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Completion date, other facts about Blue Sky Green Field  

As of Monday morning, 74 of the 88 wind turbines in the Blue Sky Green Field wind farm in the Johnsburg/Mount Calvary/Marytown area had been commissioned, according to We Energies officials.

Andy Hesselbach, project manager of Blue Sky Green Field, and Richard O’Conor, project engineer, said they are still expecting completion of the project by the end of this month or possibly even a few days earlier.

The remaining 14 turbines yet to be commissioned are erected but final wiring and testing is in the process of being completed.

Of the 74 turbines which have been commissioned, 51 have been turned over to We Energies by RMT Wind Connect, the general contractor on the project. The V82, 1.65-megawatt turbines were purchased from Vestas Wind Systems.

Here are some other odds and ends about Blue Sky Green Field shared by Hesselbach and O’Conor on Monday:

– The center of each hub stands 262 feet from the ground. When a blade is at its highest point, it is 397 feet above the ground. There are larger turbines on the market and most manufacturers use a little larger blade, but about 90 percent of turbines in use have a similar hub height to the ones in the Holyland area.

– As was previously reported in the Tri-County News, rechecking and retensioning of bolts on the turbines did take place and is a common practice. When workers found that about 2 percent of the bolts on two turbines had less tension than they expected, they took workers out of the turbines for about two weeks until all the bolts could be checked and retensioned. Hesselbach said there are about 11,000 bolts used throughout the wind farm.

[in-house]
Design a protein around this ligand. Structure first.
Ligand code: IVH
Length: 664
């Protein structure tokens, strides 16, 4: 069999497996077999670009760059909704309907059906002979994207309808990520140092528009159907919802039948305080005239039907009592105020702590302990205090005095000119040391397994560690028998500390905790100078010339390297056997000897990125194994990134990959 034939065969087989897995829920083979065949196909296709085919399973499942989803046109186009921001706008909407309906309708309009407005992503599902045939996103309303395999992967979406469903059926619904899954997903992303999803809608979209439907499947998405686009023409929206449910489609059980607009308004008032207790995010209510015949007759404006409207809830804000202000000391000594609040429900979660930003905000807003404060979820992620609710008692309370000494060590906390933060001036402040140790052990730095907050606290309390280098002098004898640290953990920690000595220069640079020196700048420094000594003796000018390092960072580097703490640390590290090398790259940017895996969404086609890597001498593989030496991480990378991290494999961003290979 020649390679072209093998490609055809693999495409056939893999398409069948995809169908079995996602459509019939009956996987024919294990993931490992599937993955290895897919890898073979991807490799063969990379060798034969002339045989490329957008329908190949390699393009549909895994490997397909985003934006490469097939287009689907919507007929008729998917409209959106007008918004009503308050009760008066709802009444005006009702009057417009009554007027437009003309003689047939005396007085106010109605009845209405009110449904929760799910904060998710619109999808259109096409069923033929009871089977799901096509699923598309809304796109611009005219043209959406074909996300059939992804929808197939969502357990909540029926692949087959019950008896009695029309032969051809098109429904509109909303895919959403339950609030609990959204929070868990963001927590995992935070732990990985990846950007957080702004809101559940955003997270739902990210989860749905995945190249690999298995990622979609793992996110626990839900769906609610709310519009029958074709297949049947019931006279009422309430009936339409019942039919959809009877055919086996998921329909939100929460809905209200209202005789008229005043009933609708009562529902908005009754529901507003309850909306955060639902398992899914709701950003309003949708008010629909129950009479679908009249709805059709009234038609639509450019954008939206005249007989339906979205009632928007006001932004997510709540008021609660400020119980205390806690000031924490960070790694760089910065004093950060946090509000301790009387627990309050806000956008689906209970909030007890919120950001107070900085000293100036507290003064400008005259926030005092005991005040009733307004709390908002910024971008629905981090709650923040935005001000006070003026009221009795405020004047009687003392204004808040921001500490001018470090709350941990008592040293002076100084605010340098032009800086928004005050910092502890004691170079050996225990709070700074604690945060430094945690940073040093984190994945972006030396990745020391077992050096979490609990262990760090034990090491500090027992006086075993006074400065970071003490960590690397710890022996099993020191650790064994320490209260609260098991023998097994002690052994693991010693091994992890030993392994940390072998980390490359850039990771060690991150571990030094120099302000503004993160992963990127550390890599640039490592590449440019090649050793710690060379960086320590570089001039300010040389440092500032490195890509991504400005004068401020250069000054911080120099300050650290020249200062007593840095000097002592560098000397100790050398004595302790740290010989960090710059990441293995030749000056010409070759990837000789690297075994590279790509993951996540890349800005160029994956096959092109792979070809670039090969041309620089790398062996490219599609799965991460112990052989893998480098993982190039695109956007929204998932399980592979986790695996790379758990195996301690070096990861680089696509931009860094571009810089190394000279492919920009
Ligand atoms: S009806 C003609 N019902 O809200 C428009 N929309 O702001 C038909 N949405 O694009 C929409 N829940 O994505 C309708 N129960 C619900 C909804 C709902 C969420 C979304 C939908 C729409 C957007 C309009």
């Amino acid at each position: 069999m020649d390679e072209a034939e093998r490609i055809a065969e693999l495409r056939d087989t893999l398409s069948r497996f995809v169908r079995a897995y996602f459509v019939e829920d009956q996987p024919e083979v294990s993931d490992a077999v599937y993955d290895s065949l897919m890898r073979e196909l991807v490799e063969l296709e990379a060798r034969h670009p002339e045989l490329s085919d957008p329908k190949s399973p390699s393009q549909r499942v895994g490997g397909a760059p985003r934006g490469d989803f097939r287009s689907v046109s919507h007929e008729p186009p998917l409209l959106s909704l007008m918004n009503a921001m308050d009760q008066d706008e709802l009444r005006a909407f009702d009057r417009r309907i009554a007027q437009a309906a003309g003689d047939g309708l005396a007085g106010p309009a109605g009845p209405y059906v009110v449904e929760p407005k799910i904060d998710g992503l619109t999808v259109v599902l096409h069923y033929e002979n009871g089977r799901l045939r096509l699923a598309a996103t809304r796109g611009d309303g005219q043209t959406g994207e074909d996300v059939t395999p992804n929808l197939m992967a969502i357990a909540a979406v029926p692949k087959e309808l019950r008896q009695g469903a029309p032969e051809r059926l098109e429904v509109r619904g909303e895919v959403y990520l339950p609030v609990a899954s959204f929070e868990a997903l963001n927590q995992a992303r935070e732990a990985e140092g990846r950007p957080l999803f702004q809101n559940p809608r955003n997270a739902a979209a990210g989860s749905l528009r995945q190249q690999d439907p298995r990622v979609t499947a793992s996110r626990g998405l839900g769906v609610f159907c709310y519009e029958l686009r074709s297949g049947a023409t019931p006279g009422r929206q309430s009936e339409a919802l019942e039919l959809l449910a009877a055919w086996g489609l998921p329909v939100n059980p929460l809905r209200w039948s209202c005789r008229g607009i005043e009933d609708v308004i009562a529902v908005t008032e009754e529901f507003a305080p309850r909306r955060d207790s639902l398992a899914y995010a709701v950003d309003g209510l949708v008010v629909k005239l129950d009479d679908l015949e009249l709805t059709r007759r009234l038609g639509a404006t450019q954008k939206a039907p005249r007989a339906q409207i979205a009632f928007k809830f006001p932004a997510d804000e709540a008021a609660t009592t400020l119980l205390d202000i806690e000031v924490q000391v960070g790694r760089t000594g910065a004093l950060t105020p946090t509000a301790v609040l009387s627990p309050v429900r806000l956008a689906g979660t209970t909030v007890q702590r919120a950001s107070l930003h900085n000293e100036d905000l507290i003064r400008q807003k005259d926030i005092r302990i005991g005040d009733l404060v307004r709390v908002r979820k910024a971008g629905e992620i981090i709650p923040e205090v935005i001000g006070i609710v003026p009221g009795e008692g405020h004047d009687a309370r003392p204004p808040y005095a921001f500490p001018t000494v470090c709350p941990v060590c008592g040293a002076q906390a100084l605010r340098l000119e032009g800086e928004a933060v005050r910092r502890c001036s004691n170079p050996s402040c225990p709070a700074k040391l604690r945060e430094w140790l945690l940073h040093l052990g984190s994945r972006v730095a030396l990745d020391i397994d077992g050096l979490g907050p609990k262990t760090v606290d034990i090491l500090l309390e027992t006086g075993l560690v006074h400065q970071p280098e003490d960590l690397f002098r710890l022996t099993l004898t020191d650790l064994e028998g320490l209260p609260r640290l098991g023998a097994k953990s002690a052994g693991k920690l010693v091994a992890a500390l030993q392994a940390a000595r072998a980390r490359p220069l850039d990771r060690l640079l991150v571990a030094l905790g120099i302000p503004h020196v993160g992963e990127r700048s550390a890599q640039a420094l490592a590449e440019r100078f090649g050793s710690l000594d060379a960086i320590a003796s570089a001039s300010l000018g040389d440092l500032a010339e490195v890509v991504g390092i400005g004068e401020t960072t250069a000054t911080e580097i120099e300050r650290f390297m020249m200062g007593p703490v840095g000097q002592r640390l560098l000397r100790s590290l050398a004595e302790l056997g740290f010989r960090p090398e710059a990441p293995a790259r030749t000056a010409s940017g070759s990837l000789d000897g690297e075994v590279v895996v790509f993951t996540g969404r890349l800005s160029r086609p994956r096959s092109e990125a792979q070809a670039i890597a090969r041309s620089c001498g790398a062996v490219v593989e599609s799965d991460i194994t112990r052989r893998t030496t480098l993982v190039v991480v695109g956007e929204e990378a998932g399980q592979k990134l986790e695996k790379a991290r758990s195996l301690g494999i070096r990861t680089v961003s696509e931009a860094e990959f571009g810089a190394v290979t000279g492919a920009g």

– Not all the turbines are spinning at this time because, again, they are not all completed. Even when they are, Hesselbach said it would be uncommon that all 88 would spin at the same time as routine maintenance will be a constant at the wind farm. Each turbine is also equipped with a sensitive vibration monitor which, if tripped, will shut down a turbine.

– The wind farm will employ a service crew of about a dozen people plus one or two managers. Workers generally will be on site six days per week.

– All the turbines are monitored at three places-the permanent building on the north side of Johnsburg; by We Energies in Milwaukee; and by Vestas in Portland, Ore. as part of a service agreement.

– The entire farm is expected to produce 145 megawatts of electricity or enough to power about 36,000 homes. The electricity it generates, however, goes into “the grid” so the wind farm is not necessarily powering homes, farms and businesses in the area.

– The hub on top of a turbine turns based on wind direction and the pitch of the blades also change based on the wind.

– A breeze of 7 mph is needed for the turbines to spin and produce electricity. The average wind speed in the area is 14 mph. The turbines are designed to shut down if winds reach 53 mph.

– A ladder is located inside each turbine. Platforms are located at several levels inside the turbine. Hoists are available inside and outside the turbine for workers to haul up oil, tools or parts to maintain the units.

– The turbines are designed for a 20-year life expectancy, but the We Energies officials said they are planning for 30 years with good maintenance.

– At one time about 300 people were working on the project.

– Each turbine required nine large truck deliveries.

By Mark Sherry
TC News editor

Tri-County News

15 May 2008

This article is the work of the source indicated. Any opinions expressed in it are not necessarily those of National Wind Watch.

The copyright of this article resides with the author or publisher indicated. As part of its noncommercial effort to present the environmental, social, scientific, and economic issues of large-scale wind power development to a global audience seeking such information, National Wind Watch endeavors to observe “fair use” as provided for in section 107 of U.S. Copyright Law and similar “fair dealing” provisions of the copyright laws of other nations. Send requests to excerpt, general inquiries, and comments via e-mail.

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